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Because Trump left the nuclear deal, we might have to learn to live with a nuclear Iran 

Because Trump left the nuclear deal, we might have to learn to live with a nuclear Iran  By Max Boot

President Donald Trump’s 2018 decision to pull out of the Iran nuclear deal might have been the most disastrous foreign policy miscalculation since the invasion of Iraq in 2003. (The only competitor for that dubious honor is the one-sided agreement that Trump concluded with the Taliban and that President Biden implemented.)

Under the 2015 nuclear deal, Iran got rid of 97 percent of its nuclear fuel and limited its uranium enrichment to just 3.67 percent purity. Its “breakout” time to produce enough material to make a nuclear bomb was estimated to be more than a year.

Trump’s withdrawal allowed Iran to rev up its nuclear program. The International Atomic Energy Agency reported last year that Iran had 12 times the amount of enriched uranium allowed under the deal. It is also enriching uranium to 60 percent purity, just short of the 90 percent needed to make nuclear weapons. Its breakout time has shrunk to as little as three weeks. It will take longer to manufacture the warheads needed to create nuclear weapons, but Iran is far closer to that dreaded milestone than it was in 2018.

Even former Israeli security officials, most of whom opposed President Barack Obama’s nuclear deal, now admit that pulling out of it has backfired. Benjamin Netanyahu’s former defense minister, Moshe Yaalon, said last month: “Looking at the policy on Iran in the last decade, the main mistake was the withdrawal of the U.S. administration from the agreement.” Former Mossad director Tamir Pardo described the pullout as a “tragedy.” Retired general Isaac Ben Israel, chairman of the Israeli Space Agency, called “Netanyahu’s efforts to persuade the Trump administration to quit the nuclear agreement … the worst strategic mistake in Israel’s history.”

Now they tell us.

The Biden administration has been trying to revive the nuclear deal. Talks are going on in Vienna. But Iran feels burned by Trump’s pullout, and its new hard-line president, Ebrahim Raisi, hasn’t shown much interest in compromise. Secretary of State Antony Blinken said this month that “Iran right now does not seem to be serious about doing what’s necessary to return to compliance.”

That means the United States and Israel might be drawing closer to the decision they have long dreaded: Do they bomb Iran or allow Iran to get The Bomb? In the past, I would have said that bombing was the least-bad option, but I no longer believe that.

A nation of 85 million people, Iran is much larger and much stronger than the adversaries that America couldn’t defeat in Iraq and Afghanistan. And its nuclear program is far more advanced than those of Iraq or Syria when Israel bombed suspected nuclear facilities in those countries in 1981 and 2007, respectively.

The Iranian nuclear program is dispersed across dozens of hardened, hidden sites, all protected by a sophisticated air-defense system. The Fordow fuel enrichment plant is buried deep inside a mountain. Taking down Fordow, if it can be done at all, would probably require the 30,000-pound Massive Ordnance Penetrator. Israel does not have this bomb or the bomber — either a B-2 or B-52— needed to drop it.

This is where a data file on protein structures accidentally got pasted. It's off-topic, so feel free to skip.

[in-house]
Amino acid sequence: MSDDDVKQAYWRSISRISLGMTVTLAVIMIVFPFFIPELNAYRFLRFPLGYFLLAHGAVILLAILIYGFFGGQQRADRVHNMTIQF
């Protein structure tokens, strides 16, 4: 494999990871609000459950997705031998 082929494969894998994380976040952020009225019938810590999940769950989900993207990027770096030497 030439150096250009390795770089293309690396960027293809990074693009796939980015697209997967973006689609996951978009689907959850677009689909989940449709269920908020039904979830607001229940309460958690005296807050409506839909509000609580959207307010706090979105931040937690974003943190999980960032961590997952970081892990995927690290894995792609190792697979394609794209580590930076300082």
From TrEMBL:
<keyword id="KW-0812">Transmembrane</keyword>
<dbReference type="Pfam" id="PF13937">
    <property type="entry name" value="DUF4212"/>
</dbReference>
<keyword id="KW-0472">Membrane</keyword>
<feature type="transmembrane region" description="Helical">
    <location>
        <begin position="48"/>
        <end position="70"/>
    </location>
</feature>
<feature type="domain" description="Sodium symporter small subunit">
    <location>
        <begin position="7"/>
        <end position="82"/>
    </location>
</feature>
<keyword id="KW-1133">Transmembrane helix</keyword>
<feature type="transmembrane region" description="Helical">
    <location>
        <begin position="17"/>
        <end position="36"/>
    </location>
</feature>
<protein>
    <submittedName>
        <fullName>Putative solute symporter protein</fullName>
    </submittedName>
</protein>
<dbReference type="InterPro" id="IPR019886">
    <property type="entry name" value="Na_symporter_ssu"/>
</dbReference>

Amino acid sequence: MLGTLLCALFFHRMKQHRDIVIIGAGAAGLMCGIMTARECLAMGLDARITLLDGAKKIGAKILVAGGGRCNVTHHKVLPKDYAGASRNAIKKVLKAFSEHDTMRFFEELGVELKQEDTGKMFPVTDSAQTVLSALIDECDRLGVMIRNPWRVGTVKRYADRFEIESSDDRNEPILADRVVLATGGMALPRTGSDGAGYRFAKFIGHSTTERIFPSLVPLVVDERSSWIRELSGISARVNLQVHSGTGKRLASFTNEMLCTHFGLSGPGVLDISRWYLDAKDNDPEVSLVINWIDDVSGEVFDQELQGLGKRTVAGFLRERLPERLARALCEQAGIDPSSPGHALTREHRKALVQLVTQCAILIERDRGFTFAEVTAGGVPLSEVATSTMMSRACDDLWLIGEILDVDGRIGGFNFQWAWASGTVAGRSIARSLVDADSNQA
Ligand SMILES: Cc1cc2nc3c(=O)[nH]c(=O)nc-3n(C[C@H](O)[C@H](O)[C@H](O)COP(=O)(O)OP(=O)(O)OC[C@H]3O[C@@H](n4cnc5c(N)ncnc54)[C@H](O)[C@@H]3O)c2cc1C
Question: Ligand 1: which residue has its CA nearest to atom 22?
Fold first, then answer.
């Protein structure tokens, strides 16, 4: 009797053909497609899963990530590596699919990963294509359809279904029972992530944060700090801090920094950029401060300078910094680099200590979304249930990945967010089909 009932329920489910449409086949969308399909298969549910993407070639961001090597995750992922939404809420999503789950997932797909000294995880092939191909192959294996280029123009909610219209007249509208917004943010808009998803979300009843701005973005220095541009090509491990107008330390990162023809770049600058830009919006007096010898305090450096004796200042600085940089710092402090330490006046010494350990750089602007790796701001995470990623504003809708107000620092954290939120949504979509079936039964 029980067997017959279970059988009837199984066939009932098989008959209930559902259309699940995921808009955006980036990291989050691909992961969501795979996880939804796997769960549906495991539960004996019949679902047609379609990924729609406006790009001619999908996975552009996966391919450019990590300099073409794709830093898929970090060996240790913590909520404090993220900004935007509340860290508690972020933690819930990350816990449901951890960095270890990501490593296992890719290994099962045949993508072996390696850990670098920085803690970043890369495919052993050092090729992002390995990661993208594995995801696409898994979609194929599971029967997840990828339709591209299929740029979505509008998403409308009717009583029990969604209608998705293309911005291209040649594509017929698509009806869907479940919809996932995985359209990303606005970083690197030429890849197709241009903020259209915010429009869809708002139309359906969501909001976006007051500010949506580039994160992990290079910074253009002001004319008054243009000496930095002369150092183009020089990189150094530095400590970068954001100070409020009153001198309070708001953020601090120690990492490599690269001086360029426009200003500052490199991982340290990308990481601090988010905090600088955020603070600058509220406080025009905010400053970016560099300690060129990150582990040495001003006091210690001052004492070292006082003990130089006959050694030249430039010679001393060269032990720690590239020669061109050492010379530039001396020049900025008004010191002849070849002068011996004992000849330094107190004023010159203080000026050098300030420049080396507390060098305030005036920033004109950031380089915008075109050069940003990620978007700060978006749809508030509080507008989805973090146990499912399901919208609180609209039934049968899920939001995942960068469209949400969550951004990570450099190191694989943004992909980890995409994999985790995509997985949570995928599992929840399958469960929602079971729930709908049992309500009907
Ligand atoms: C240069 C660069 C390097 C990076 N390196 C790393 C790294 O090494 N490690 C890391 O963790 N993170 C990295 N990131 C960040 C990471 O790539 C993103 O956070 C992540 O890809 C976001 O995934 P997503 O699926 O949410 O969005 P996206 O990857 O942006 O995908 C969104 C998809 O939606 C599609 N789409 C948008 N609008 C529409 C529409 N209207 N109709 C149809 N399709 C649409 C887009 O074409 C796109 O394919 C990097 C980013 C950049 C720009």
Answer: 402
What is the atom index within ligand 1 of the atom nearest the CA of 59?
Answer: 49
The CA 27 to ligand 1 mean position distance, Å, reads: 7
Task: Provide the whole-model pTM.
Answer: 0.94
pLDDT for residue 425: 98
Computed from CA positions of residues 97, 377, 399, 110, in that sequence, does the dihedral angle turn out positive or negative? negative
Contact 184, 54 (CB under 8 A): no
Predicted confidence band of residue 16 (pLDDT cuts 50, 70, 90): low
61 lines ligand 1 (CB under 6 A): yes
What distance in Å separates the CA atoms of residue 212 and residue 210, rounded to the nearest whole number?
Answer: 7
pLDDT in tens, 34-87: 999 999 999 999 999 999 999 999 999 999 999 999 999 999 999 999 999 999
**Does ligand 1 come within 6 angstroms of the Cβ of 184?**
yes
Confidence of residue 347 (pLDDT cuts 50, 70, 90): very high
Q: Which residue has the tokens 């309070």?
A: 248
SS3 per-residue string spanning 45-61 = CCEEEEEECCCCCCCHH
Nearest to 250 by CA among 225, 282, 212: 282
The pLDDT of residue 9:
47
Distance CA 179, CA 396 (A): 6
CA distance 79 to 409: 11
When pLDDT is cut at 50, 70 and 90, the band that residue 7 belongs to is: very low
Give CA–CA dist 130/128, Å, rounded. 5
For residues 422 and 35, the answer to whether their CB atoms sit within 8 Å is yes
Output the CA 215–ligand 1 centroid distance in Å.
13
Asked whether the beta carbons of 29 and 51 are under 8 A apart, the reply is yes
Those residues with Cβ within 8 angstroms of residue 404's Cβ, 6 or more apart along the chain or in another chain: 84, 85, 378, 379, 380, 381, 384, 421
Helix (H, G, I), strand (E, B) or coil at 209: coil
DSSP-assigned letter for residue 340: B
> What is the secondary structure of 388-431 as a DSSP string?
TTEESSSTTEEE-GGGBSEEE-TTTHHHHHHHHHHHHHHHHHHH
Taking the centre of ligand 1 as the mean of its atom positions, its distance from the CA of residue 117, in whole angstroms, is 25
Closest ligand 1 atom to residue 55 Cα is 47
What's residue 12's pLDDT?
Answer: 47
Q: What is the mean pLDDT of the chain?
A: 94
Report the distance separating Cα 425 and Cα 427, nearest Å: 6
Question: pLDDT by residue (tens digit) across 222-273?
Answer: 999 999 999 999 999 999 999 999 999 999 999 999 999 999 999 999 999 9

The United States could, of course, provide Israel with these munitions, or it could bomb Iranian installations itself. But even successful strikes would only delay Iran’s nuclear program: You can eliminate nuclear facilities but not nuclear know-how.

Moreover, there is a real risk that any attack could trigger a larger Middle Eastern war. Iran would likely retaliate against U.S. forces in the region and against U.S. allies. Lebanese Hezbollah, for example, could rain down more than 100,000 missiles and rockets on Israel, enough to overwhelm its missile defenses. (In the 2006 Lebanon war, Hezbollah fired only 4,000 short-range rockets at Israel.) There’s a good reason no Israeli or American leader — not even hawks such as Netanyahu, George W. Bush and Trump — has been willing to bomb Iran. As I wrote in 2019, war with Iran could be “the mother of all quagmires.”

Letting Iran go nuclear, if that proves unavoidable, might actually be the less dangerous option. The Iranian regime has employed suicide bombers in the past, but it isn’t suicidal itself. Its leaders know that Israel has a large nuclear arsenal — including nuclear missiles reportedly deployed on submarines that could survive any attack on Israel. The United States could further deter Iran by explicitly extending its nuclear umbrella not only to Israel but also to Saudi Arabia, Turkey and other neighboring states. Nuclear weapons would allow Iran to avert a U.S. invasion that isn’t going to happen anyway but would do nothing to protect the regime against the biggest danger it faces: an uprising from its own people.

The Biden administration should keep trying to peacefully stop the Iranian nuclear program, but that might no longer be possible because of Trump’s catastrophic decision to leave the accord. And if those efforts fail? Well, we have lived with nukes in the hands of other vile and abhorrent regimes, such as the Soviet Union/Russia, North Korea and China. If we have to, we could learn to live with a nuclear Iran, too.

December 14, 2021 - Posted by | Iran, politics international

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